Bordeaux 2016: arriving at a release price

In today’s blog we continue to explore some of the findings from our new in-depth study on Bordeaux, available for subscribers here. Having looked at the wines in which the trade has most confidence, we now turn our attention to Bordeaux 2016, and a key question: how might a château arrive at an appropriate en primeur release price?

Using average figures for 79 of the top Bordeaux crus, we explore two approaches. First, simplistically, we look at release prices of previous vintages, and apply the trade’s suggested decrease of 4% (see here for more) to the average 2015 release price. This is represented by the dotted line.

However, Wine Lister Founding Members were canvassed before having tasted the 2016 vintage, now considered to be excellent, and so the average suggested decrease of 4% on 2015 prices seems unrealistically low. Some châteaux have already released maintaining their 2015 price, which has been well received by the trade, while others have applied increases in euro terms, which in turn are amplified by the current exchange rate when converted into UK offer prices.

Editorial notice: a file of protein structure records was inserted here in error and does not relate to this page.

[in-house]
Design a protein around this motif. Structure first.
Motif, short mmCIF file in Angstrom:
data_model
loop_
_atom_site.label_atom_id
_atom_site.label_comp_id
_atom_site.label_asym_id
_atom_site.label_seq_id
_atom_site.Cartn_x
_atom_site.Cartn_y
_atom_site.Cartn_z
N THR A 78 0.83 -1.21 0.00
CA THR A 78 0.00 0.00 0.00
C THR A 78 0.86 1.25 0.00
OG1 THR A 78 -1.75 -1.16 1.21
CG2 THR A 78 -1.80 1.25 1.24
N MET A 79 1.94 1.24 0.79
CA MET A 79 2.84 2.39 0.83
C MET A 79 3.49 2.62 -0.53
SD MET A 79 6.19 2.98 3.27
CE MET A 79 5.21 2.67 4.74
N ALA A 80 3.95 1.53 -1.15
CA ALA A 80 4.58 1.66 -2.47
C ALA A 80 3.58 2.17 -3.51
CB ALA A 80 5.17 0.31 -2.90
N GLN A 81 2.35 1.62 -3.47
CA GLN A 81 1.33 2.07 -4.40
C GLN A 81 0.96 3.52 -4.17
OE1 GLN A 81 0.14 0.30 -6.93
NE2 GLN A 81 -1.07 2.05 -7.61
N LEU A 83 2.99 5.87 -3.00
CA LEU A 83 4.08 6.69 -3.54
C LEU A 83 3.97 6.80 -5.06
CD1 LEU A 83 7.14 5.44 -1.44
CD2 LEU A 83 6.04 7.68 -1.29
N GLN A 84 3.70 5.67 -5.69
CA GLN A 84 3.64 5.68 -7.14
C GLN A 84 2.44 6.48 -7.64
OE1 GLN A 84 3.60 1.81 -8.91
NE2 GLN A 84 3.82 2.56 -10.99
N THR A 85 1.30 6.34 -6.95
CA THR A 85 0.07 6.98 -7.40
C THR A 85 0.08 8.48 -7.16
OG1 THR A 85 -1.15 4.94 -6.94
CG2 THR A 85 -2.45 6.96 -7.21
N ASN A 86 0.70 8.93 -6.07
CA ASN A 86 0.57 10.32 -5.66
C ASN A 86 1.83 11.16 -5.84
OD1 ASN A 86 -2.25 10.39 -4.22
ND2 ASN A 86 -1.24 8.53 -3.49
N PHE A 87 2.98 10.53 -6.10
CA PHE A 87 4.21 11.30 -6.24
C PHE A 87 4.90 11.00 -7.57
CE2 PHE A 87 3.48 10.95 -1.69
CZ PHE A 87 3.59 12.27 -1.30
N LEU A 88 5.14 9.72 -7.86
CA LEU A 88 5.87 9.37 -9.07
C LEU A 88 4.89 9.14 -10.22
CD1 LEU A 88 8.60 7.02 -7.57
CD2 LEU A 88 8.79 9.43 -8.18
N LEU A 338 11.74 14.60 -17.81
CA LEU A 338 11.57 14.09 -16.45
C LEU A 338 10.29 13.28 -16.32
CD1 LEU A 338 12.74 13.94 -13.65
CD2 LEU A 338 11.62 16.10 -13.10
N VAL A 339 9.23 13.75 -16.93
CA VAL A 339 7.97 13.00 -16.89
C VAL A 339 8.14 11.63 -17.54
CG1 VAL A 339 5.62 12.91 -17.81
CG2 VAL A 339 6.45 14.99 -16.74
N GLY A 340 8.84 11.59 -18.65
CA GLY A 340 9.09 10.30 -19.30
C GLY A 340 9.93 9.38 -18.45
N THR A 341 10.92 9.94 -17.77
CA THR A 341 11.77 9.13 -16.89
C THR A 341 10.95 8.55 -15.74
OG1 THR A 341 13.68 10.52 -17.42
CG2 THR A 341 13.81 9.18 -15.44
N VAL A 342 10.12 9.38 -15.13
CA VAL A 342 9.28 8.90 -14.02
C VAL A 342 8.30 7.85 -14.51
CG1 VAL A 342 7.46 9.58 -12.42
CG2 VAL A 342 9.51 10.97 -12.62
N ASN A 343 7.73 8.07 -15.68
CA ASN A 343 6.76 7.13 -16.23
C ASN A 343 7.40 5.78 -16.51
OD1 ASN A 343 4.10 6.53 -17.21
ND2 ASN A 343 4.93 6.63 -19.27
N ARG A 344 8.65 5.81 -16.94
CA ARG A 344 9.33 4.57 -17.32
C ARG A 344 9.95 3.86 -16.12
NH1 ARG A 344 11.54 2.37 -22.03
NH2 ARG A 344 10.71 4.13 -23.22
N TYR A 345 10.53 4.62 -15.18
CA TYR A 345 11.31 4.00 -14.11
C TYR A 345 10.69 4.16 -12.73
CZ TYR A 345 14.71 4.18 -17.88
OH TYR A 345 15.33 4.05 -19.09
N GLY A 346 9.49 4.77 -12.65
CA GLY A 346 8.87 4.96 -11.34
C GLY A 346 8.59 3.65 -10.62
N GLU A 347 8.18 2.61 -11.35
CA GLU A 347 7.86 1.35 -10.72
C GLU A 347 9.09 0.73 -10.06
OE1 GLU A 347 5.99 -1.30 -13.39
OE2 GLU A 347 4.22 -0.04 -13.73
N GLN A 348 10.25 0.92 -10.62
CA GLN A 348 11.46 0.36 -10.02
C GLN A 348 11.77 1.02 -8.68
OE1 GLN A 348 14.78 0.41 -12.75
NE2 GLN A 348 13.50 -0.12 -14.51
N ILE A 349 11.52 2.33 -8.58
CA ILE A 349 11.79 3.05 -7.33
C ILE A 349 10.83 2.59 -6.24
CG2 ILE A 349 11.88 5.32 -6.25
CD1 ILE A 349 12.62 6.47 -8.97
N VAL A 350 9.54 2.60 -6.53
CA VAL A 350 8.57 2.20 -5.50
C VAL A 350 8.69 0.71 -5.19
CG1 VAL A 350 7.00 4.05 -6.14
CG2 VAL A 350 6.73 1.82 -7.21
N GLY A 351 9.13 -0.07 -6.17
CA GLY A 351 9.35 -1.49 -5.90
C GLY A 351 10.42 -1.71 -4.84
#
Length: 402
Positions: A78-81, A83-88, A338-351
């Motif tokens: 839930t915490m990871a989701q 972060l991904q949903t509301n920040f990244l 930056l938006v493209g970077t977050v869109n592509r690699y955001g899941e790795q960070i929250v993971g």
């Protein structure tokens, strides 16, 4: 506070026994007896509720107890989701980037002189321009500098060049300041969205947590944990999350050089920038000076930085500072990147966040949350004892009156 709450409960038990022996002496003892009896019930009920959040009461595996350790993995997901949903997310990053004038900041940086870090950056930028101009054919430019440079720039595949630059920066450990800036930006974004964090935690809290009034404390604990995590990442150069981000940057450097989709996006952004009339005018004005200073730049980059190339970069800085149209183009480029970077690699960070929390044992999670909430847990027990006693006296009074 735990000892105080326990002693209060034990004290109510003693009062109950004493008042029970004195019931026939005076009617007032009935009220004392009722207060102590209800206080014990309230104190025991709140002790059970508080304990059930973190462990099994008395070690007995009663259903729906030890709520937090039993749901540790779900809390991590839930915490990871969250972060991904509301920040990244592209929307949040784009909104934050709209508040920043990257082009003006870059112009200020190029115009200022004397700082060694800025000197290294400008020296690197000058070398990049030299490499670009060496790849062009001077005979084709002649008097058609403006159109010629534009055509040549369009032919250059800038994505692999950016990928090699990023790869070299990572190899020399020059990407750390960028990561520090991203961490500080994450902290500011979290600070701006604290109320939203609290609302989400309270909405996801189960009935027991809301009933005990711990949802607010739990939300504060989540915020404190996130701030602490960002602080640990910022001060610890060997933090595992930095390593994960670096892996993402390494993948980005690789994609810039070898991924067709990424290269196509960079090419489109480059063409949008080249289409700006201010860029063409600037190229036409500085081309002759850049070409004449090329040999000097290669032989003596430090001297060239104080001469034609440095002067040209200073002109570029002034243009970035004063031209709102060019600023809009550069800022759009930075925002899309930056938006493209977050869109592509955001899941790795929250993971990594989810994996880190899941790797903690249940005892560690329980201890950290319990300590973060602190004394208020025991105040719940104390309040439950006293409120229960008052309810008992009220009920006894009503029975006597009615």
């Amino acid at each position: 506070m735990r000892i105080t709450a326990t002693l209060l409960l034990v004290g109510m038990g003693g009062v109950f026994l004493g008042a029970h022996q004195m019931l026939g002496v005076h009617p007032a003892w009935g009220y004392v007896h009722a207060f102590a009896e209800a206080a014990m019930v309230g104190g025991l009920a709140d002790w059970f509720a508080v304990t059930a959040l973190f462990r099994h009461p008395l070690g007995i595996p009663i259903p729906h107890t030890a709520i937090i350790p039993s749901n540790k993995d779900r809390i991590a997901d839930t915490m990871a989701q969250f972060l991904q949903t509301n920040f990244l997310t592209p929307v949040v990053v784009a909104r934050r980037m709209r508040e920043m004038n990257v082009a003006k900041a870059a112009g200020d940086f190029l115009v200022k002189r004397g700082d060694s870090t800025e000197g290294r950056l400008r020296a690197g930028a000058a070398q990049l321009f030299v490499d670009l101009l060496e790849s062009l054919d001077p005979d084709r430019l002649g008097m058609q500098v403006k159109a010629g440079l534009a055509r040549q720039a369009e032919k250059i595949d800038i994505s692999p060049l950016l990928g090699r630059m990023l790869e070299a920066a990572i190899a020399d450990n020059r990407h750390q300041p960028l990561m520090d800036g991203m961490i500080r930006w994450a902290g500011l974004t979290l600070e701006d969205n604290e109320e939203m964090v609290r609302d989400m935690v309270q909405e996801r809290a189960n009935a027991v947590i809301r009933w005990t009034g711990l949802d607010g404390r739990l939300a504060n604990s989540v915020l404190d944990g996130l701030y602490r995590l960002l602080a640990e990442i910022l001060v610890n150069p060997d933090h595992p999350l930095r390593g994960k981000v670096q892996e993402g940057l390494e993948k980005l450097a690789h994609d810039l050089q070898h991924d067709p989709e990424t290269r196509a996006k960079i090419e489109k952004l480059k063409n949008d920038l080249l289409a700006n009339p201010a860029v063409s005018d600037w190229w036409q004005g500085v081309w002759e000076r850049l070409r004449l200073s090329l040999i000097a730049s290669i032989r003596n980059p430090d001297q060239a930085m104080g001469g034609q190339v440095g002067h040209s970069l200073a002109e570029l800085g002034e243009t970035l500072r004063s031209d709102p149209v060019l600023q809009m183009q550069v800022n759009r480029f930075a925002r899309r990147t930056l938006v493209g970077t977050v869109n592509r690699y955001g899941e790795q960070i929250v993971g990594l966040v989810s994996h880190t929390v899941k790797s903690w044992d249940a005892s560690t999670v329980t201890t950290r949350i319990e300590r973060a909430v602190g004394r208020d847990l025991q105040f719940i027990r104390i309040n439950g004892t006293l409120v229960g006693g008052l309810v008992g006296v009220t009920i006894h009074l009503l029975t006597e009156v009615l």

For each wine, it is also necessary to take into account the reception by the market of last year’s price, as well as this year’s relative quality.

Bordeaux 2016 arriving at release price

The second, more sophisticated approach, involves comparing the average Quality scores from the last eight vintages to the current market price for those vintages.

The closest quality rating to 2016 is 2015, but as this vintage is not yet delivered, the most appropriate vintage for comparison is 2010. As such, we have applied the quality to price ratio from 2010, in order to arrive at a derived future market price for the 2016 vintage on average, according to its current quality assessment.

The average price per bottle could be expected to reach €161 in the marketplace in due course.

Margins taken by the négociant and then importers tend to amount to around 25-30%, although this varies from wine to wine.

That would take us to around €117 per bottle at release. Then we apply a 10%-20% “discount” to the consumer for buying en primeur, before they receive the physical product. This suggests an average ex-château release price of €93 to €105 (see chart).

In general, this would mean that 2016s should be priced below current market prices for 2015, and well below 2010 market prices.

For further detail, or to enquire about price analysis on specific châteaux, please email team@wine-lister.com.

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